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Photograph: Courtesy of Riané HumanWhitney LaMora and Zoe Schor.

The owners of Split-Rail are raising funds for a queer-focused event venue

Villanelle will open in the former restaurant space if it reaches its Kickstarter goal.

Lindsay Eanet
Written by
Lindsay Eanet

In the fall of 2023, Zoe Schor and Whitney LaMora went on their honeymoon to Europe, taking in the hospitality culture wherever they went, from the lively pubs of London to the picturesque Parisian brasseries. 

“I was struck by and obsessed with the super dense florals,” LaMora says. “It's not reinventing the wheel of what can be an impactful design choice. Here's this overgrown beauty, something that's really striking from afar. I just want to be at a table under those flowers, and it was very inspiring.”

Now, the couple, who co-own lesbian cocktail bar Dorothy, have announced a new venture—one that could have a place in many queer Chicago love stories to come. 

In November, pivoting from the impending closure of Schor’s Humboldt Park restaurant, Split-Rail, and The Martin, the adjoining gallery space founded by LaMora, the duo launched a hospitality collective, Drinking Policy. Now, they’re seeking to raise $75,000 this month to open Chicago’s first and only queer-focused wedding and event venue. 

The name they chose? Villanelle, a nod to the inspiration from their honeymoon in France, the name of a beautiful and distinctive form of poetry, and, as an added bonus, the name of one of the most popular queer women television characters of the past decade, the assassin played by Jodie Comer in Killing Eve (LaMora says she and Schor are fans of the show). 

LaMora says it feels like a natural evolution of the space, and calls it “Version five” of Split-Rail. 

“Post-quarantine, we saw weddings in the Split-Rail space and in The Martin and found that to be really exciting to throw,” LaMora says. “We got married in September in [Schor’s] parents’ backyard but we took our reception to Dorothy. It would have been a little too close to home if we’d had the ceremony upstairs—a glass breaks and now we're clocked in.”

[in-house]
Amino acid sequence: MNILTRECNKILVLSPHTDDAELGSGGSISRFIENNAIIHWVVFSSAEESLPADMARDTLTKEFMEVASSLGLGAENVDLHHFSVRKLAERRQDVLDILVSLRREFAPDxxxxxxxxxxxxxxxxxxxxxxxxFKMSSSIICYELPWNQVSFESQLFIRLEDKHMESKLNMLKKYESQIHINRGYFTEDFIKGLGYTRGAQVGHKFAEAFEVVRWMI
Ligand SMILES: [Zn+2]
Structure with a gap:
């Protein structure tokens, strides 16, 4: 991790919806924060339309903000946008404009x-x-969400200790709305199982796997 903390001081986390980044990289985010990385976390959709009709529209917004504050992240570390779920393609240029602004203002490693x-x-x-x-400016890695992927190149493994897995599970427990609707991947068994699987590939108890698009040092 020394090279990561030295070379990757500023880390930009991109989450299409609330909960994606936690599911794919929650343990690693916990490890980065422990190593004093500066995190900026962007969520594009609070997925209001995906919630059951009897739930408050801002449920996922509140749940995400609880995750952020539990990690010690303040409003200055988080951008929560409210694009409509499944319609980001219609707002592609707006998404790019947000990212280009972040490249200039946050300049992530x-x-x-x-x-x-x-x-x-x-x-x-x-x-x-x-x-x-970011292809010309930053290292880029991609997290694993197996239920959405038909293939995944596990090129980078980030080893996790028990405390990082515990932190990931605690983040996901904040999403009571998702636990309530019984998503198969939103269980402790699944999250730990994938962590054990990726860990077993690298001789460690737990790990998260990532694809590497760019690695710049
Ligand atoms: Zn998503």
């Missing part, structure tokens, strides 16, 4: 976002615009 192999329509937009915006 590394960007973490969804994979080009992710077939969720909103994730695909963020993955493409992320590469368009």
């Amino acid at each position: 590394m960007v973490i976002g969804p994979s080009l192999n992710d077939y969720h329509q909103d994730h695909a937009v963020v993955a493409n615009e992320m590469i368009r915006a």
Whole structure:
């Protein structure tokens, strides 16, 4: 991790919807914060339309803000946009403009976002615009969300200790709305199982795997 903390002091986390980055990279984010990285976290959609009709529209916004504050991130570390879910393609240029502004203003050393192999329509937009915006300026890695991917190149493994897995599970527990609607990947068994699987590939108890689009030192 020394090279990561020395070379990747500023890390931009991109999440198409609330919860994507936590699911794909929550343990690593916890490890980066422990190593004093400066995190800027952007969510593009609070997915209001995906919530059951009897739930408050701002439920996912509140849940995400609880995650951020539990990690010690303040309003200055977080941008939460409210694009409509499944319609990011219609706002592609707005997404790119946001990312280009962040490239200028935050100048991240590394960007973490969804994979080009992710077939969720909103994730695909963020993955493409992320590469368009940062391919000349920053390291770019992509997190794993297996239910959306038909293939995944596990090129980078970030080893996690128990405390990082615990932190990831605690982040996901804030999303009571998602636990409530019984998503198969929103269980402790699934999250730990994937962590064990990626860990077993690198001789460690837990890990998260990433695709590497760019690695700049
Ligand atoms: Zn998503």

Villanelle would offer in-house catering from Split-Rail, and according to the Kickstarter campaign, clients could choose from offerings such as Schor’s signature fried chicken and biscuits, French bistro-inspired fare or to work with Schor and her team to design an ideal custom menu. The design elements of the space are inspired by their Parisian honeymoon.

“Zoe cooks to the Josephine Baker radio station, so we have a lot of French-inspired music playing in our home, and that definitely connects it to us,” LaMora says.

The concept has come together quickly, LaMora says, in the wake of the December 2023 closure of Split-Rail after six years of operation. They were met with an outpouring of support.

“We went into our last month of service knowing we would be crushed and that we would hear a lot from the neighborhood, and it began to get really overwhelming in a positive way, just the emotion people shared with us, milestones they shared at the restaurant,” she says. “We're very much of the neighborhood, in the neighborhood.”

LaMora says a motivating factor in the desire to reshape the space was a desire to ensure the space above Dorothy would remain a safe and welcoming space for the bar’s clientele.

“They may never go back to that restaurant, but if someone says something not welcoming or we're associated with a space that's not us, that impacts us and our community,” LaMora says.